Securing Mr. Biden’s ambitious agenda, by contrast, will require the support of every single one of the 50 votes Democrats control in the Senate, and nearly every one that they control in the House.
While Mr. Manchin has been the most outspoken member of Congress in his pushback against Mr. Biden’s program, he has been allied with Senator Kyrsten Sinema, Democrat of Arizona, who has her own set of objections to the sweeping social program and has also not been willing to commit to voting for the legislation.
Other moderates in the House and Senate have more quietly expressed some unease about the scope and cost of the Democratic plan, Many of them are enthusiastic supporters of the infrastructure bill, which they see as much more palatable and an easier to sell to constituents given its support from Republicans in both the House and Senate.
It was moderates’ preference for the infrastructure measure that drove progressive Democrats in the House to threaten to bring down the $1 trillion public works legislation. Their fear was that those more centrist House and Senate Democrats would not rally behind the safety net and environmental programs if they had already won much of what they wanted in the public works bill.
Progressives said they had to be sure the rest of the Biden agenda would be enacted once the infrastructure measure was signed and saw their ability to hold up the measure as leverage.
In the middle has been Mr. Biden, who considers himself a savvy bipartisan deal maker, but whose skill at courting compromise has not translated into an ability to forge a quick agreement among the warring factions within his party. In the absence of that agreement, Ms. Pelosi on Friday pulled back from a vote on the infrastructure bill. The move, which angered moderates who fumed that she had gone back on a promise, bought those involved in the negotiations more time to find some kind of consensus and get both the public works bill and social policy measure to Mr. Biden’s desk.
Leaders of the progressive bloc were quick to point out that it was just a sliver of their fellow Democrats who were standing between Mr. Biden and his legislative goals.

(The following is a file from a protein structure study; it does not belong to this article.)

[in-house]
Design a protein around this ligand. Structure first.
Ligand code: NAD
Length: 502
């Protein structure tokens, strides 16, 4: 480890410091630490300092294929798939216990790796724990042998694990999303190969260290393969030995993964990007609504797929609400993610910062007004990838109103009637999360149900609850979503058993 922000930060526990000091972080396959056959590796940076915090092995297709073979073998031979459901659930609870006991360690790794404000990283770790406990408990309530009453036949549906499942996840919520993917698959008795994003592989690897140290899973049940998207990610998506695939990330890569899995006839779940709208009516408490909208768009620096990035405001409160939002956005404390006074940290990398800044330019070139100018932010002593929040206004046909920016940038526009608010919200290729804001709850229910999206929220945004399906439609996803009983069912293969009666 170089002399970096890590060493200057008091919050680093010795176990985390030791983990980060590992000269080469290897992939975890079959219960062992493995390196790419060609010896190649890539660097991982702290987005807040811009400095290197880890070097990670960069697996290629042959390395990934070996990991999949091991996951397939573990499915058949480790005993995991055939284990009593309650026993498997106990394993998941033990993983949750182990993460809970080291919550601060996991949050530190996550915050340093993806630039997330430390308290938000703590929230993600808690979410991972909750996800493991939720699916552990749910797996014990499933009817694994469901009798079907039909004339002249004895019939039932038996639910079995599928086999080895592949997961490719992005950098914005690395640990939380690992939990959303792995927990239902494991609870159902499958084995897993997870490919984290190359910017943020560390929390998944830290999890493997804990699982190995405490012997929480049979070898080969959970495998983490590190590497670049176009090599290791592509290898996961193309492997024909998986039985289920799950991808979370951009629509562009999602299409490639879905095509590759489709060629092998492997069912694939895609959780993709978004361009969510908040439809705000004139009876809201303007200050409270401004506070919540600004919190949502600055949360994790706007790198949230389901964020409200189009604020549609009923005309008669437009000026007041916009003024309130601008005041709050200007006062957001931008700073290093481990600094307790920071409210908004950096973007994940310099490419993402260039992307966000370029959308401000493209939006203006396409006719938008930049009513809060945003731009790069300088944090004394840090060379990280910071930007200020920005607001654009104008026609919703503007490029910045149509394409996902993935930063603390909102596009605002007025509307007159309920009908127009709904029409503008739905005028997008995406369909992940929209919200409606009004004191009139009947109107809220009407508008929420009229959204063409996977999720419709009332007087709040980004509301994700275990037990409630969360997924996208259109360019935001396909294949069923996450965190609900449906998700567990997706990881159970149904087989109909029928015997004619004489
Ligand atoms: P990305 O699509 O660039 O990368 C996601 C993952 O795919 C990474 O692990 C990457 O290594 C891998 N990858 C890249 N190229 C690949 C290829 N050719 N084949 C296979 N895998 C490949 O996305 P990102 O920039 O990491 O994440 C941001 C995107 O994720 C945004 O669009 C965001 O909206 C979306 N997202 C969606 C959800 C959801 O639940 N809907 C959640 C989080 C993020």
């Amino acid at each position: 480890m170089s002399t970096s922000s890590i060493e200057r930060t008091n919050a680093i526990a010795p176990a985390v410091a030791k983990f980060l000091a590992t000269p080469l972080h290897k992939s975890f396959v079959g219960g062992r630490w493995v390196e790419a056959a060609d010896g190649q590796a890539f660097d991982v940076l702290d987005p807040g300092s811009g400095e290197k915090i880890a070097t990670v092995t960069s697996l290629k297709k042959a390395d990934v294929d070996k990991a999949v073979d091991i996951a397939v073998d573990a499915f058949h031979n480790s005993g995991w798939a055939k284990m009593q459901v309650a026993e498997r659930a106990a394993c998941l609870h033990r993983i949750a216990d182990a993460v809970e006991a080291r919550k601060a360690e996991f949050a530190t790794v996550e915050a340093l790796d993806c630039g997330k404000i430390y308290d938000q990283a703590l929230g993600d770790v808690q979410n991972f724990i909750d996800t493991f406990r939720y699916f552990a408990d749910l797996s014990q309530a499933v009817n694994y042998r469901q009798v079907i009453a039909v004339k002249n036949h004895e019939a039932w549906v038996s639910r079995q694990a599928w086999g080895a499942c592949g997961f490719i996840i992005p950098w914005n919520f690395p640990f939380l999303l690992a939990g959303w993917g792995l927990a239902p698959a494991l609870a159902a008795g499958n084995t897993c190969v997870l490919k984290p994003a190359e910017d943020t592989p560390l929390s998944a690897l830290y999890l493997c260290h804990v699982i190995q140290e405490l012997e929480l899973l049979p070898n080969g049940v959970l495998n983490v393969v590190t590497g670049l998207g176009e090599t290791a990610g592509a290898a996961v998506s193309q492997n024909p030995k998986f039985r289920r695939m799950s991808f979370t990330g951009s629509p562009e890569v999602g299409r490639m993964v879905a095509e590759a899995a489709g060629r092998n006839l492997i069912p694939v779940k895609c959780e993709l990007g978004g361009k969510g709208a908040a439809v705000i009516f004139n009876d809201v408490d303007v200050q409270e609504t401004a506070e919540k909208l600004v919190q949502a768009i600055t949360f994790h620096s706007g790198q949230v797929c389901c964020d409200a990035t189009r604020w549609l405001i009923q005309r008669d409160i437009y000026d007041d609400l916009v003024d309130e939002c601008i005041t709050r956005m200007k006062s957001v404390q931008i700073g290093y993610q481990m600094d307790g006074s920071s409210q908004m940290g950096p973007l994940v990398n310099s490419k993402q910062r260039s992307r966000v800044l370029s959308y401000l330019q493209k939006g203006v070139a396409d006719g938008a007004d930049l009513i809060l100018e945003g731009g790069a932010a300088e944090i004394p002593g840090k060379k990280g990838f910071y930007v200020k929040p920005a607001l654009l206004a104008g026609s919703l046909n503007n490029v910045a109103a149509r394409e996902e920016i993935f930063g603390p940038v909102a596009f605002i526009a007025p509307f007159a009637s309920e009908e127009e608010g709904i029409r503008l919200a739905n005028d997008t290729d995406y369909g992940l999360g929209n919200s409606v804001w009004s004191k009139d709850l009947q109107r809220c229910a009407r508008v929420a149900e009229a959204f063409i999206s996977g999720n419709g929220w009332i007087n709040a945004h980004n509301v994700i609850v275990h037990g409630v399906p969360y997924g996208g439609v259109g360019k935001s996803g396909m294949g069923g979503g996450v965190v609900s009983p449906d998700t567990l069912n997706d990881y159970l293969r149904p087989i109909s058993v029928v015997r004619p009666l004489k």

“Four percent of Democrats are opposing passing the president’s agenda right now,” said Representative Pramila Jayapal, the Washington Democrat who is the chairwoman of the Congressional Progressive Caucus. “That is the group we are concerned about.”
House moderates say they want to pass some version of the social policy package, though they have raised objections to various details. And Mr. Manchin, while insisting he wants to spend no more than $1.5 trillion on that bill, laid out his objectives for it, giving the administration hope that a process that may look messy at the moment would ultimately lead to a measure that could become law.
“We know that compromise is inevitable,” said Jen Psaki, the White House press secretary. “But the good news is, is that there is agreement among most Democrats, if not every single one of them, that we need to get something done; that we need to do more to rebuild our roads and railways and bridges; that we need to cut costs for the American people; we need to address the climate crisis.”
Democratic leaders have portrayed the broad legislation as essential for their party to reassure voters that government can work for them.
Senator Chuck Schumer, Democrat of New York and majority leader, has said that almost any level of spending that Democrats can push through is better than no bill, making it unlikely that progressives would abandon the legislation even its price tag drops to Mr. Manchin’s preferred target.
Democrats also believe that Mr. Manchin left them room to push the cost closer to $2 trillion and still allow him to claim that he scaled it back significantly. They see a path to a win despite the turmoil of the past few days.
But absent a sudden expansion in their ranks, Mr. Biden and Democratic leaders now realize that they must adjust their original legislative vision in line with their actual numbers in Congress, and that any legislation they produce will not have the reach they anticipated when they began.